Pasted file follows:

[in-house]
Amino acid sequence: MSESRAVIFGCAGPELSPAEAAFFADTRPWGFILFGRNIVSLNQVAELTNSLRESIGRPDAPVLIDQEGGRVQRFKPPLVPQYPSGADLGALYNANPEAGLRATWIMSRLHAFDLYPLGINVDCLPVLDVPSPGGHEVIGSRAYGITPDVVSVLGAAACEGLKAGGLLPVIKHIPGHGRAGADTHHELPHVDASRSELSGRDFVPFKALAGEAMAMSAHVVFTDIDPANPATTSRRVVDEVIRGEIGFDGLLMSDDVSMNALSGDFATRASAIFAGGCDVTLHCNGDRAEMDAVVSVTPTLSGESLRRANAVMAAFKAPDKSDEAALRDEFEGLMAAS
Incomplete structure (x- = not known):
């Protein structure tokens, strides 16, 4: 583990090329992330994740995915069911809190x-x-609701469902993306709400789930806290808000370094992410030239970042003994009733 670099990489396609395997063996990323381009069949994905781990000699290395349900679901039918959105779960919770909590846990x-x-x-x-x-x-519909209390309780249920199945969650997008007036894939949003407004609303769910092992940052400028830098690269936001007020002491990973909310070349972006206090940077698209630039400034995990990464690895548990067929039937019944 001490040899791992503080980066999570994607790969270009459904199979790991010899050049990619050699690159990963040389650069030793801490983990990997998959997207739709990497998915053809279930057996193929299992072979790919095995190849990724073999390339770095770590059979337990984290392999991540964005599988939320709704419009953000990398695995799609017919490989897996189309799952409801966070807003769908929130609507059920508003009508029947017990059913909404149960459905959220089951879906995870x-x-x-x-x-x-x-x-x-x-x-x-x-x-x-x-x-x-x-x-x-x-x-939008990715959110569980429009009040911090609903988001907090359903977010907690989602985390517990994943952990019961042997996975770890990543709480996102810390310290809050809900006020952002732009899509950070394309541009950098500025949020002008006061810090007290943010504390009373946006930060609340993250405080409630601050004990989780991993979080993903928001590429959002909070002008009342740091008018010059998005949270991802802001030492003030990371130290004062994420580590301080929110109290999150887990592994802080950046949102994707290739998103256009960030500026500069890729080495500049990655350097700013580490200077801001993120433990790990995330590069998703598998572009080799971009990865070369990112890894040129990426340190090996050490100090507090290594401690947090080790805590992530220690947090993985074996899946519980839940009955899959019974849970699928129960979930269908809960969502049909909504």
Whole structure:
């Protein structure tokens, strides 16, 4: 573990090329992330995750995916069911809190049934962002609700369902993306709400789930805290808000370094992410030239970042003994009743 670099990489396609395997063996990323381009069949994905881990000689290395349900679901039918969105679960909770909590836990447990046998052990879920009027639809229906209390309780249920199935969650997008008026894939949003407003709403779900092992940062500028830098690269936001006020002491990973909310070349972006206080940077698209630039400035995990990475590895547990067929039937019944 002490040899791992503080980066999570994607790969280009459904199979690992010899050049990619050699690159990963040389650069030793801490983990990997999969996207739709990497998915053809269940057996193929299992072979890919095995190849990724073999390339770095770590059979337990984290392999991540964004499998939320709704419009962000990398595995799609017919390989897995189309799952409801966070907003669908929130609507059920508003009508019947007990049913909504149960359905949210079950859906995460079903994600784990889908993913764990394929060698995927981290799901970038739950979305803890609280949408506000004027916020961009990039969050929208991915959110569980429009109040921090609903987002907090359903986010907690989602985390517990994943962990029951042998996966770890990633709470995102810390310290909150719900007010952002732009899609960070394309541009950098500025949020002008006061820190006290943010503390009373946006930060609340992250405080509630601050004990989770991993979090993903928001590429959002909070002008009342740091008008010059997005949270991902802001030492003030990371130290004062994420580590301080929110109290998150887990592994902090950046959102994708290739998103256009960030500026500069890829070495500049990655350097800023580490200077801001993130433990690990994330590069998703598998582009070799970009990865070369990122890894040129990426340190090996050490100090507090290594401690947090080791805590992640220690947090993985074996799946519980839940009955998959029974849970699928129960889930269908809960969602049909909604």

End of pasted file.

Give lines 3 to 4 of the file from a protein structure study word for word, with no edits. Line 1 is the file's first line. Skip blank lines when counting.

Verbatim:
Incomplete structure (x- = not known):
């Protein structure tokens, strides 16, 4: 583990090329992330994740995915069911809190x-x-609701469902993306709400789930806290808000370094992410030239970042003994009733 670099990489396609395997063996990323381009069949994905781990000699290395349900679901039918959105779960919770909590846990x-x-x-x-x-x-519909209390309780249920199945969650997008007036894939949003407004609303769910092992940052400028830098690269936001007020002491990973909310070349972006206090940077698209630039400034995990990464690895548990067929039937019944 001490040899791992503080980066999570994607790969270009459904199979790991010899050049990619050699690159990963040389650069030793801490983990990997998959997207739709990497998915053809279930057996193929299992072979790919095995190849990724073999390339770095770590059979337990984290392999991540964005599988939320709704419009953000990398695995799609017919490989897996189309799952409801966070807003769908929130609507059920508003009508029947017990059913909404149960459905959220089951879906995870x-x-x-x-x-x-x-x-x-x-x-x-x-x-x-x-x-x-x-x-x-x-x-939008990715959110569980429009009040911090609903988001907090359903977010907690989602985390517990994943952990019961042997996975770890990543709480996102810390310290809050809900006020952002732009899509950070394309541009950098500025949020002008006061810090007290943010504390009373946006930060609340993250405080409630601050004990989780991993979080993903928001590429959002909070002008009342740091008018010059998005949270991802802001030492003030990371130290004062994420580590301080929110109290999150887990592994802080950046949102994707290739998103256009960030500026500069890729080495500049990655350097700013580490200077801001993120433990790990995330590069998703598998572009080799971009990865070369990112890894040129990426340190090996050490100090507090290594401690947090080790805590992530220690947090993985074996899946519980839940009955899959019974849970699928129960979930269908809960969502049909909504």